“We’ve not had the in-depth discussion of parking and the dynamics that plays in development that PHA has had with residents of Friendship Court,” Duffield said. “Ideally, if there were an opportunity to hit a pause button for even thirty days, [it would] give us time to educate our residents, work with them to better understand the impacts of a parking modified zone.”
PHA conducted a rigorous parking study over the course of multiple days and at different times of day, Mathon said.
“That data clearly shows that the parking need within Friendship Court, not including the perimeter parking…the peak parking demand is three-quarters of a parking spot per apartment,” Mathon said. “There are 113 or 114 spots that are filled out of the 188 that are available.”
The redevelopment plan will replace the existing 150 Section 8 units and add an additional 150 affordable units and 150 market rate units – a total of 450 units. Though PHA has not made a final decision about the amount of parking spots the redevelopment will include, it will most likely be one parking spot per unit, including guest parking, Mathon said.
Mathon said the redevelopment of Friendship Court will include the creation of two new streets on site. Fourth Street will extend south and cut through the site, and there will be a street that mirrors the existing driveway entry into Friendship Court currently that will become a public street.”
“That will all have parallel parking along those streets as well; there will be public parking,” Mathon said.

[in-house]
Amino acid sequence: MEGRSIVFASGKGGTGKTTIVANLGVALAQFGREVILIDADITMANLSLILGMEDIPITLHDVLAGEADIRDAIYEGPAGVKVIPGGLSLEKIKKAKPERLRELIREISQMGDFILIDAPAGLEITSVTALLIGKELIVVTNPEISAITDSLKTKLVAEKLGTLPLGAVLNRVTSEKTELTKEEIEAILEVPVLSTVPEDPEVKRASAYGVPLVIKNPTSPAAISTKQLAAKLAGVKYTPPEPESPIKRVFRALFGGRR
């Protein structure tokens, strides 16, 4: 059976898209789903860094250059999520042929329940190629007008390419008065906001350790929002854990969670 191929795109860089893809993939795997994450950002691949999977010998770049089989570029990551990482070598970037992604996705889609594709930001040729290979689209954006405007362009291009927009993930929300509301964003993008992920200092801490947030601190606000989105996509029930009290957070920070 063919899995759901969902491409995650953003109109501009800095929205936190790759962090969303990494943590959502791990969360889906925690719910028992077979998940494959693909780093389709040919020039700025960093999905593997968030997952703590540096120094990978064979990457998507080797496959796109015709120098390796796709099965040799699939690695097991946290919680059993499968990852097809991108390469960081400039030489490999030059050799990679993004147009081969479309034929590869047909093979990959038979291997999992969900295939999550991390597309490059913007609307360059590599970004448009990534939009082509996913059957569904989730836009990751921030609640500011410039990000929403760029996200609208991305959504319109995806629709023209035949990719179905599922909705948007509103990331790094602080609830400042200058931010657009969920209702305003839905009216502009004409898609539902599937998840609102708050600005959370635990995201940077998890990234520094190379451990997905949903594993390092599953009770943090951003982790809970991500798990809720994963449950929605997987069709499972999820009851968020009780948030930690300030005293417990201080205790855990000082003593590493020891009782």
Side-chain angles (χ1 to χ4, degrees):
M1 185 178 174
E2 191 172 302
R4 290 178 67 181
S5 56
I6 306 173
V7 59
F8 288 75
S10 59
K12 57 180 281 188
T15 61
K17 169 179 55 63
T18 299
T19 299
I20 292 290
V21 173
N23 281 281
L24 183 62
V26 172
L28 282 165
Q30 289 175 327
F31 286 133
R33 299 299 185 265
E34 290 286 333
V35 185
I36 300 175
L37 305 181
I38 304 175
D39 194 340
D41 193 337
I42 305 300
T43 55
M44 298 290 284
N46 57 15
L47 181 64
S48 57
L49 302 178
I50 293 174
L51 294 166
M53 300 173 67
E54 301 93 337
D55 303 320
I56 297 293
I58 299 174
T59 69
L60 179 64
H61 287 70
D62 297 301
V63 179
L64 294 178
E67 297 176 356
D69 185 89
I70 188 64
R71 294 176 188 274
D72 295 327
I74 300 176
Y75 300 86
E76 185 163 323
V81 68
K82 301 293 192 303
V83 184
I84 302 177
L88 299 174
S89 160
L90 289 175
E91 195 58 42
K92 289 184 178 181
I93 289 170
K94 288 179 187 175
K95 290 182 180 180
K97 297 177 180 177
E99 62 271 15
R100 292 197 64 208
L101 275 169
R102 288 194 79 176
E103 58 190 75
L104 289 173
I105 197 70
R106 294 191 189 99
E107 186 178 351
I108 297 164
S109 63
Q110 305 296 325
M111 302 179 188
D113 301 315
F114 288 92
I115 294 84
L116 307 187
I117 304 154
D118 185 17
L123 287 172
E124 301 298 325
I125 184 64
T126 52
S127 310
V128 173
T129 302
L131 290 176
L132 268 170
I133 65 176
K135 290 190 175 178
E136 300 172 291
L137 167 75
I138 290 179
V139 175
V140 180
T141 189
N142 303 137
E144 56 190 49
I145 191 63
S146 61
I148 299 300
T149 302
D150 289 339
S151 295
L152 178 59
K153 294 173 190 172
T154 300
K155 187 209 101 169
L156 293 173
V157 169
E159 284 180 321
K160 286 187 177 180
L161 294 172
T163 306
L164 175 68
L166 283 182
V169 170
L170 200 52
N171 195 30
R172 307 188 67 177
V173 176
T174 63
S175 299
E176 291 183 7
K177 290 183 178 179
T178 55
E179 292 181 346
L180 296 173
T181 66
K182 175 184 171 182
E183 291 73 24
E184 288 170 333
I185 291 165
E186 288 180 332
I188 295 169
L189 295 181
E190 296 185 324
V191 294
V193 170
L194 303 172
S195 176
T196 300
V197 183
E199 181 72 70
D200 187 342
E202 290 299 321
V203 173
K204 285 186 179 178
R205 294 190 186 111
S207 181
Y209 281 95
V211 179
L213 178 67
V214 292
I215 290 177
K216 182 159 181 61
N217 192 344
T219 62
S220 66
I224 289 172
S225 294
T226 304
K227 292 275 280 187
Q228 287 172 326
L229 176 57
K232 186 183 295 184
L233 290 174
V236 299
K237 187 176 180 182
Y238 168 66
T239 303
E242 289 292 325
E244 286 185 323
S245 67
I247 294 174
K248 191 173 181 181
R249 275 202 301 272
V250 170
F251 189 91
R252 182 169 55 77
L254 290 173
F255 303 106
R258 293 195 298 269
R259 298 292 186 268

This public parking may be time restricted or made exclusive to Friendship Court residents and visitors.
There will also be a mixture of structured parking under some of the multifamily buildings, surface parking lots and other parking spots that connect to the proposed townhomes, Mathon added.
“All of those parking spots in total will address our internal needs, just as the existing parking addresses our internal needs now. We’re not planning on that perimeter parking being a part of that parking solution,” Mathon said.
Commission member Taneia Dowell disagreed, arguing that parking remains a problem at Friendship Court.
“I know several residents that live in the area. Parking has been a big issue for this site for many years, whether it’s guest parking [or] regular residential parking,” Dowell said. “Especially if we are considering that we want those residents to start bettering themselves and maybe acclimating into better jobs, the bus line is just not going to be your only source of transportation.”
The Committee voted, 6-1, in favor of recommending that the City Council approve the amendment. Dowell cast the dissenting vote.
However, the amendment will only apply to Friendship Court. CHRA will need to return to the Commission to receive approval of the other proposed parking modified zones.
With the approval of the parking modified zone at Friendship Court, PHA was able to submit its preliminary redevelopment site plan last Wednesday. It plans to submit its Phase One site plan, including the final number of parking spots, in August or September.